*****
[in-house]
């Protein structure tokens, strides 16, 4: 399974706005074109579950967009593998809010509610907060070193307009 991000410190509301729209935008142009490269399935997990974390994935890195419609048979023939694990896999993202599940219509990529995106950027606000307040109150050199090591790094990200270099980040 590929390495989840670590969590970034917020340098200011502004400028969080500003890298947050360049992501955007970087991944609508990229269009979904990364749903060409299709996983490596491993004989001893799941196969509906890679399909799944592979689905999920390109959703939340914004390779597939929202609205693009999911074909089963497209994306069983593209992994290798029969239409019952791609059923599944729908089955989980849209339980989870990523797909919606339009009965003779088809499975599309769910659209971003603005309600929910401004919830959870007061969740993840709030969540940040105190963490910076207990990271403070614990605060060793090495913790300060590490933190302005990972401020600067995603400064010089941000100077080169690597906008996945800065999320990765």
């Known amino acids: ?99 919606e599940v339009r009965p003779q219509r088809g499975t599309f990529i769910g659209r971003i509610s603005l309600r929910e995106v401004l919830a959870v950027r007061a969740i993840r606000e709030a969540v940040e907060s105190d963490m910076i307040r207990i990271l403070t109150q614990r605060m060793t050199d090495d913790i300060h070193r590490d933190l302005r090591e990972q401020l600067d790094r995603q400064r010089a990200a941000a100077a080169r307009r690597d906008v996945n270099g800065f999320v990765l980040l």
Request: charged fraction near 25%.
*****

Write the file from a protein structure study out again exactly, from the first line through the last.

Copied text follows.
[in-house]
């Protein structure tokens, strides 16, 4: 399974706005074109579950967009593998809010509610907060070193307009 991000410190509301729209935008142009490269399935997990974390994935890195419609048979023939694990896999993202599940219509990529995106950027606000307040109150050199090591790094990200270099980040 590929390495989840670590969590970034917020340098200011502004400028969080500003890298947050360049992501955007970087991944609508990229269009979904990364749903060409299709996983490596491993004989001893799941196969509906890679399909799944592979689905999920390109959703939340914004390779597939929202609205693009999911074909089963497209994306069983593209992994290798029969239409019952791609059923599944729908089955989980849209339980989870990523797909919606339009009965003779088809499975599309769910659209971003603005309600929910401004919830959870007061969740993840709030969540940040105190963490910076207990990271403070614990605060060793090495913790300060590490933190302005990972401020600067995603400064010089941000100077080169690597906008996945800065999320990765």
């Known amino acids: ?99 919606e599940v339009r009965p003779q219509r088809g499975t599309f990529i769910g659209r971003i509610s603005l309600r929910e995106v401004l919830a959870v950027r007061a969740i993840r606000e709030a969540v940040e907060s105190d963490m910076i307040r207990i990271l403070t109150q614990r605060m060793t050199d090495d913790i300060h070193r590490d933190l302005r090591e990972q401020l600067d790094r995603q400064r010089a990200a941000a100077a080169r307009r690597d906008v996945n270099g800065f999320v990765l980040l």
Request: charged fraction near 25%.